Instead, I’m going to write about an outing, that while sort of controversial in nature, is what has led to the belief that a game, a series, and hope in general, is not over, until it is over.

The Bloody Sock.

If you have been a Red Sox fan for any length of time, even if you are new to the fanbase, you know the story. But to anyone who has been living under a rock, unaware of the storybook performance...

Curt Schilling was a shiny new ace in town in 2004. Traded to the Red Sox just in time for Thanksgiving dinner, there was excitement and urgency in Boston. After a crushing defeat in 2003, no expense was spared, to pair with Pedro, a second ace was brought in.

Red Sox v Angels
This is an image from the fateful game in 2004, where the “Bloody Sock” incident began. Pitching in Game 1 of the ALDS, Schilling would tear his tendon sheath in his right ankle.
Photo by Stephen Dunn/Getty Images

Fast-forward to the playoffs. After an accomplished first season in Boston, there was hype for the playoffs. With Pedro and Schilling in the rotation, you could take some pressure off the other guys, and put some more on the other team. Crusing into the ALDS, everything seemed set. We were going to go to the ALCS, probably, and face off with the Yankees with our new toys.

But as things tend to go in Boston, it can never be easy. Schilling would go on to tear his tendon sheath in his right ankle, and that in itself, sounded like a death knell. Despite all odds, Schilling would manage to not just recover to play in the ALCS, but he even took the ball in Game 1 of the ALCS. Probably to no one’s surprise, Schilling was not sharp. He went three innings, gave up 6 earned runs, and the air of defeat was beginning to hang in Boston.

With little hope left, the Sox would lose the next two games, and be down 0-3, a hole no one had ever escaped from. Game 4 would put off elimination another day. A hard fought Game 5 (which stands as one of the best bullpen performances of all-time) would show that the Sox would not go quietly into the night.

But Game 6 is where I started to believe that there could be a time where the Sox would not let us down. Pitching with blood literally leaking through his sock, he would somehow not only improve on his first performance in the ALCS, but be utterly dominant from start to finish. While he only struck out four in seven innings, the big number wasn’t his strikeout totals in this game. It was the amount of earned runs, one. A solo shot by Bernie Williams. When the chips were down, and Curt Schilling knew he couldn’t just blow it by guys that night, he changed the game plan. He would mow through the Yankees hitters, who would hit long fly balls that just didn’t have enough, or dribble the ball weakly to the infielders.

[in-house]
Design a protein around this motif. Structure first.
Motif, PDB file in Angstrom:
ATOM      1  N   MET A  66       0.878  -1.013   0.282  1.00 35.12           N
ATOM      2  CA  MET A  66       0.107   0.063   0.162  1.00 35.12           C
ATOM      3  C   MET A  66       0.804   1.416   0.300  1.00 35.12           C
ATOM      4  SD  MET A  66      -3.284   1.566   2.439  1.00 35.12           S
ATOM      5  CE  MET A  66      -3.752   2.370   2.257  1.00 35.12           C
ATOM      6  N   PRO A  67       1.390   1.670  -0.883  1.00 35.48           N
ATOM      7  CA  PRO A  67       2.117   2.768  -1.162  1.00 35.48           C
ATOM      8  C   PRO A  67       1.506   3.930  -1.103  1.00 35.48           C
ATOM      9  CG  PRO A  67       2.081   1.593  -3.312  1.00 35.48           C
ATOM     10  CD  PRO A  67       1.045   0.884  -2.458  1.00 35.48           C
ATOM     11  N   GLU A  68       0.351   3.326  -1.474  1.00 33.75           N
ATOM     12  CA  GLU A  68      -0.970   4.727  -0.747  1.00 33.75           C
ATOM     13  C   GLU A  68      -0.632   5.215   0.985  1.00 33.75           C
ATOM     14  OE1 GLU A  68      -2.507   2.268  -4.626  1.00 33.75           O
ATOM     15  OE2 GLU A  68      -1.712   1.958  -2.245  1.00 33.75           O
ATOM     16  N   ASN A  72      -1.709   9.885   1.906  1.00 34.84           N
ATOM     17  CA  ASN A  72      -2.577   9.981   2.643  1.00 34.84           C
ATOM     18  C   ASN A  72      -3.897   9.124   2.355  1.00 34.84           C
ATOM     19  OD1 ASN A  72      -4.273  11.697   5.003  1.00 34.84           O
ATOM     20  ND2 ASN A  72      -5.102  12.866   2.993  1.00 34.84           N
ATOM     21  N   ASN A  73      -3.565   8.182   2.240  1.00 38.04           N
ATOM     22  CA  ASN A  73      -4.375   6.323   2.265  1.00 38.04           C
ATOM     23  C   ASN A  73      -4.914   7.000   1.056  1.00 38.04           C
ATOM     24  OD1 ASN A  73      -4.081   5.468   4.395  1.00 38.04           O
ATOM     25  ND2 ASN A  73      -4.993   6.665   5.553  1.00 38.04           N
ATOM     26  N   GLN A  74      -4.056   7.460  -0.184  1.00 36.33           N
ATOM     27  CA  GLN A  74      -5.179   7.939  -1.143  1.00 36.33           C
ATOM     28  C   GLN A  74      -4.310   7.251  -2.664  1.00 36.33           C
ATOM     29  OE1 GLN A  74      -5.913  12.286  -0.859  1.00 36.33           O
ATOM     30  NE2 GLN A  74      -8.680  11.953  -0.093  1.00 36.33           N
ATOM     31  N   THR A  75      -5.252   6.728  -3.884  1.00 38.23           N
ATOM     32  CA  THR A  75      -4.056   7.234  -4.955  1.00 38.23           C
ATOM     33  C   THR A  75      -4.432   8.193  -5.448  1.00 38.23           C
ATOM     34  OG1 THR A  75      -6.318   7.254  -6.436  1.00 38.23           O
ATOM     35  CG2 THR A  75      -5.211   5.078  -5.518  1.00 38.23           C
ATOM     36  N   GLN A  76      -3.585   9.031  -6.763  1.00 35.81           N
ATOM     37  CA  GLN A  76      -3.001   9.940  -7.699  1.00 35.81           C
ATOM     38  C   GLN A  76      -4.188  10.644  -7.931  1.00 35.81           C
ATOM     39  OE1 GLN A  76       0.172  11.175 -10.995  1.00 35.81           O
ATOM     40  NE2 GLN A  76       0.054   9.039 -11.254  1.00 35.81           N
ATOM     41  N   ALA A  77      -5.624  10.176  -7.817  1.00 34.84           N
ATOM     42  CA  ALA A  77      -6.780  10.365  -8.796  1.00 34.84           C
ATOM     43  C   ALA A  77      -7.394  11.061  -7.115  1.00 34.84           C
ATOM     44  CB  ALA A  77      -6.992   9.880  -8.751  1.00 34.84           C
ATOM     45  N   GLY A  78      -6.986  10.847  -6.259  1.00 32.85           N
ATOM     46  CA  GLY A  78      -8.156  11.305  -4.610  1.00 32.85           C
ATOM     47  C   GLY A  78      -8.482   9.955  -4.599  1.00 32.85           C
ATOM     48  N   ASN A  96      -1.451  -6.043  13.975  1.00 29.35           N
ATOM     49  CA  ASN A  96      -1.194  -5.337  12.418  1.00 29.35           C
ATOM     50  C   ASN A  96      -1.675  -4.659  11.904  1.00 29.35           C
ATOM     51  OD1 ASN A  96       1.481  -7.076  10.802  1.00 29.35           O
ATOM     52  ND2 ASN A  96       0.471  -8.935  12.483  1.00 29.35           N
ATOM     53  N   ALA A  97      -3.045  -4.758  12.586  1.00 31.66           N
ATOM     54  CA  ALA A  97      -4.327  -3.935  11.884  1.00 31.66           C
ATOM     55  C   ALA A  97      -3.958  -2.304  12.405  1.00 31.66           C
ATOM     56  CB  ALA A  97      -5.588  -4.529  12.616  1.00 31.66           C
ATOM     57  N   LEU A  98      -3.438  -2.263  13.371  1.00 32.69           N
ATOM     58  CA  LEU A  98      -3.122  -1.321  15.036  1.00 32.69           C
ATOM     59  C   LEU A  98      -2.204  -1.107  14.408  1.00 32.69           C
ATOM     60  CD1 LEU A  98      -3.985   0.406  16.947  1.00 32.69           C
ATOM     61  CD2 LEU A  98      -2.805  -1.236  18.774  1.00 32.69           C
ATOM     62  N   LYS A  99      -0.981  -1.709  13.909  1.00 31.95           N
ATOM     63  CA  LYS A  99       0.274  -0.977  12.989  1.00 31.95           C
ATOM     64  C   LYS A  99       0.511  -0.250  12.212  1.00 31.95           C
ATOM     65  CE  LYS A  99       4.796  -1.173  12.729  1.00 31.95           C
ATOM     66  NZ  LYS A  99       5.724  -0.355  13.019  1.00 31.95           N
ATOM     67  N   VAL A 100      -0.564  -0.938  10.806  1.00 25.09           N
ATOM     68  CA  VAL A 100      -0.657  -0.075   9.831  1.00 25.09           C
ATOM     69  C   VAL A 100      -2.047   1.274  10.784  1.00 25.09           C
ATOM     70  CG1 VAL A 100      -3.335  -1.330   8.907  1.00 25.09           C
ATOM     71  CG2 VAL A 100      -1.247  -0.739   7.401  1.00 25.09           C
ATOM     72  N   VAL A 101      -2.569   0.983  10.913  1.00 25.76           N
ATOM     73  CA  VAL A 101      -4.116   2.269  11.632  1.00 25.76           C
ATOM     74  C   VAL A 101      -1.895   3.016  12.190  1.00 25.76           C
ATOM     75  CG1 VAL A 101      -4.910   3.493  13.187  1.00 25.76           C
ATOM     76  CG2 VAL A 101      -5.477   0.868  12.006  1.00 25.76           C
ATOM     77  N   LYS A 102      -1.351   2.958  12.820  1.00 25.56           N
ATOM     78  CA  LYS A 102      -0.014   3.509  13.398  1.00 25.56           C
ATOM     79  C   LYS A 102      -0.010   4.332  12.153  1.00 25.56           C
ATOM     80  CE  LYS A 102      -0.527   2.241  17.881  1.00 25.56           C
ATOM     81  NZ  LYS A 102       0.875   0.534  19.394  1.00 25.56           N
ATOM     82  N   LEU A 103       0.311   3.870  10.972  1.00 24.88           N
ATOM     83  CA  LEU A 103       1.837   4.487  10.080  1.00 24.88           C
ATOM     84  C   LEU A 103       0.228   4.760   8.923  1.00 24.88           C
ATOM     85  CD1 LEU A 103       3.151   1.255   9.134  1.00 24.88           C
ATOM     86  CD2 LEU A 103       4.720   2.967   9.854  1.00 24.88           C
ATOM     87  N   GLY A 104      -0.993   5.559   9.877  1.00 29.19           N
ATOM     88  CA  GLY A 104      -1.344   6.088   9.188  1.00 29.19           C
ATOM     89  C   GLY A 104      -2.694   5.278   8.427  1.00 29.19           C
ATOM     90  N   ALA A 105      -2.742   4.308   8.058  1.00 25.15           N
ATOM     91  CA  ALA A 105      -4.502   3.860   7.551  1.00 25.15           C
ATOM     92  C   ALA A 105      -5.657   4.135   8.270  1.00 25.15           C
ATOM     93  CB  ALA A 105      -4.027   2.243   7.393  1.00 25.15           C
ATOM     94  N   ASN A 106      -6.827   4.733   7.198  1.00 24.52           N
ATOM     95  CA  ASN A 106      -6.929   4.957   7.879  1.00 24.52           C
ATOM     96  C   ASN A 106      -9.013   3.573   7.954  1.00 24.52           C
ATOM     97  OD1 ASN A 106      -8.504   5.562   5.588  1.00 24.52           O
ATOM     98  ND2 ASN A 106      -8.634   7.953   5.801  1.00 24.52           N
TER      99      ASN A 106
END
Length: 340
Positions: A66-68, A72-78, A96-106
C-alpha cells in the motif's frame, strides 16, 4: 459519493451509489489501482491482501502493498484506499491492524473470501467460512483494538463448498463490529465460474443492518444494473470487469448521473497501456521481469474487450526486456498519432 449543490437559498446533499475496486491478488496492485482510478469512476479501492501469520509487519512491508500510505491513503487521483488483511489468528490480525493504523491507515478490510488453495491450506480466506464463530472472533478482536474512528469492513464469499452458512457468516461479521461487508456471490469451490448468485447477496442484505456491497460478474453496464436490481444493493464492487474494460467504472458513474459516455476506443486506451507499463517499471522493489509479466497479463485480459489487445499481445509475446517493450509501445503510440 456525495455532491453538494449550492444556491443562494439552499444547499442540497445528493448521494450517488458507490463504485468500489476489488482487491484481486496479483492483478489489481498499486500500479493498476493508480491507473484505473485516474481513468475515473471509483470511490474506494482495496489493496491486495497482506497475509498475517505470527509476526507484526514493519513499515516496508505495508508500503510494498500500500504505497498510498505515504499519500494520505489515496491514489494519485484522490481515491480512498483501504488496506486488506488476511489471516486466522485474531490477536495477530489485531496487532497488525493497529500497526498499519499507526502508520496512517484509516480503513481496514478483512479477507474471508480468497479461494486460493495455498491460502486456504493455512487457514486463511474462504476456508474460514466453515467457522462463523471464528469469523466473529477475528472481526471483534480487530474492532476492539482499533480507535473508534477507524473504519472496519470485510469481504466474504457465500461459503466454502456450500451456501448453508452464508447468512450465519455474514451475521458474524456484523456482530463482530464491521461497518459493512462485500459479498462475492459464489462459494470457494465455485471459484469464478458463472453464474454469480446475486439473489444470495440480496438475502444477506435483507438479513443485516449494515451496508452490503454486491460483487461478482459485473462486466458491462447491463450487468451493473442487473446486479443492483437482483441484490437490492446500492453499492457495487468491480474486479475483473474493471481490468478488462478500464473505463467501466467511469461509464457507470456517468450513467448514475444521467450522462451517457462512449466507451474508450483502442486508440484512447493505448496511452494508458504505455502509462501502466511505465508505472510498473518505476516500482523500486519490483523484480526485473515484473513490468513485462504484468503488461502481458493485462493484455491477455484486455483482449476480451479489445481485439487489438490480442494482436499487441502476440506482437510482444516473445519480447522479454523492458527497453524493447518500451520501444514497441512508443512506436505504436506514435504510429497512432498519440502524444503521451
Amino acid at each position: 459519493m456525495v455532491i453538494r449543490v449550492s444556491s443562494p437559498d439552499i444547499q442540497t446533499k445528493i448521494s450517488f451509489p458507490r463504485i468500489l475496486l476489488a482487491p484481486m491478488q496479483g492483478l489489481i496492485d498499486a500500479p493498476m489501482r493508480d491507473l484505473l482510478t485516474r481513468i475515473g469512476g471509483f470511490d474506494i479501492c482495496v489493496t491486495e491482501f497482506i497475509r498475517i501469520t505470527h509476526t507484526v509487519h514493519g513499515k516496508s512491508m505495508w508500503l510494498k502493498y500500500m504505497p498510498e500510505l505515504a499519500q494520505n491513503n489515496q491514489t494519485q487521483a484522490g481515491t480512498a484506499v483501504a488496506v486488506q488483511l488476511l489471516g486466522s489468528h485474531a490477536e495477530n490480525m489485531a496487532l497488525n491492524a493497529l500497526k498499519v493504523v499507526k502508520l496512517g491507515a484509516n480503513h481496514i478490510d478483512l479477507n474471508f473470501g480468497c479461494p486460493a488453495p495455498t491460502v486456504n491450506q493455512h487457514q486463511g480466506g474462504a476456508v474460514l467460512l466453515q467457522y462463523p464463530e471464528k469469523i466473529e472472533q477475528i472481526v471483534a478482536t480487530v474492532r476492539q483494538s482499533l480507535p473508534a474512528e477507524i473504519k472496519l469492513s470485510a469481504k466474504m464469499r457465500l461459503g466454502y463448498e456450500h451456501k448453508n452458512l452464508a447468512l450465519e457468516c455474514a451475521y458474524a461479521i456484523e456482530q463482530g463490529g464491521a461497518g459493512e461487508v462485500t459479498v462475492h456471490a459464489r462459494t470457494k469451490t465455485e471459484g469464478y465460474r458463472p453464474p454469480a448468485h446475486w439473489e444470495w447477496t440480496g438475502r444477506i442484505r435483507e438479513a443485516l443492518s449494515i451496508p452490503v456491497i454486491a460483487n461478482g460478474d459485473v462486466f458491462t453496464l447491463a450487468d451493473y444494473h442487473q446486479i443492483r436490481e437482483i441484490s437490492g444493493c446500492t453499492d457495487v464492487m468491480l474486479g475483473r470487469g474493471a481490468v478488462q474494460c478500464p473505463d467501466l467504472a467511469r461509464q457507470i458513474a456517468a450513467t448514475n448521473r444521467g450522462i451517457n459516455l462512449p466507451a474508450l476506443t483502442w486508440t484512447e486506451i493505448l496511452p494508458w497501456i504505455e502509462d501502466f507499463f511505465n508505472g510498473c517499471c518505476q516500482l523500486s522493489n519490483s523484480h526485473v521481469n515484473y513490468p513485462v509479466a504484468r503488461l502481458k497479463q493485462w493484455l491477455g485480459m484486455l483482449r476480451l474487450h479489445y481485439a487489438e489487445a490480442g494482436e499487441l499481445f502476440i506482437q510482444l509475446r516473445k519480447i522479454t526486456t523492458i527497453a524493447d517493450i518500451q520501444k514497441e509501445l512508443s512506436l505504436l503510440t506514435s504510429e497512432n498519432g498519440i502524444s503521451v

One could argue that the long fly balls keep it from being a dominant outing, but you could just as easily turn that around the say it was a miracle that he was able to get the ball over the plate, and not just that, but actually get batters out (21 of them to be exact).

Red Sox v Yankees Game 6
And here is an image of Curt Schilling pitching against the Yankees in Game 6 of the ALCS, the game in which Schilling would go 7 innings, allowing only one earned run, despite having an injury that would likely have kept most men at home.
Photo by Al Bello/Getty Images

By the end of the night, “The Sock” was completely blood red. The name “Red Sox” began to mean something more to me that night. It showed to me, that at the core, the city of Boston doesn’t really give up. If you come to Boston, and you want to be accepted, you have to put in the work to prove that you belong. The past means nothing, if you cannot continually evolve as a player. Schilling wasn’t born into the rivalry. He was traded into it, and he provided one of the last great memories that the rivalry might ever have. It no longer has the same fire it once did.

There’s been controversy over whether the blood on the sock was real, and while I don’t want to totally ignore that, I don’t think it really matters. In the end, it made for excellent drama, and helped inspire a 12 year old kid who was beginning to love baseball in earnest.


And that does it for this week! See you all on Friday!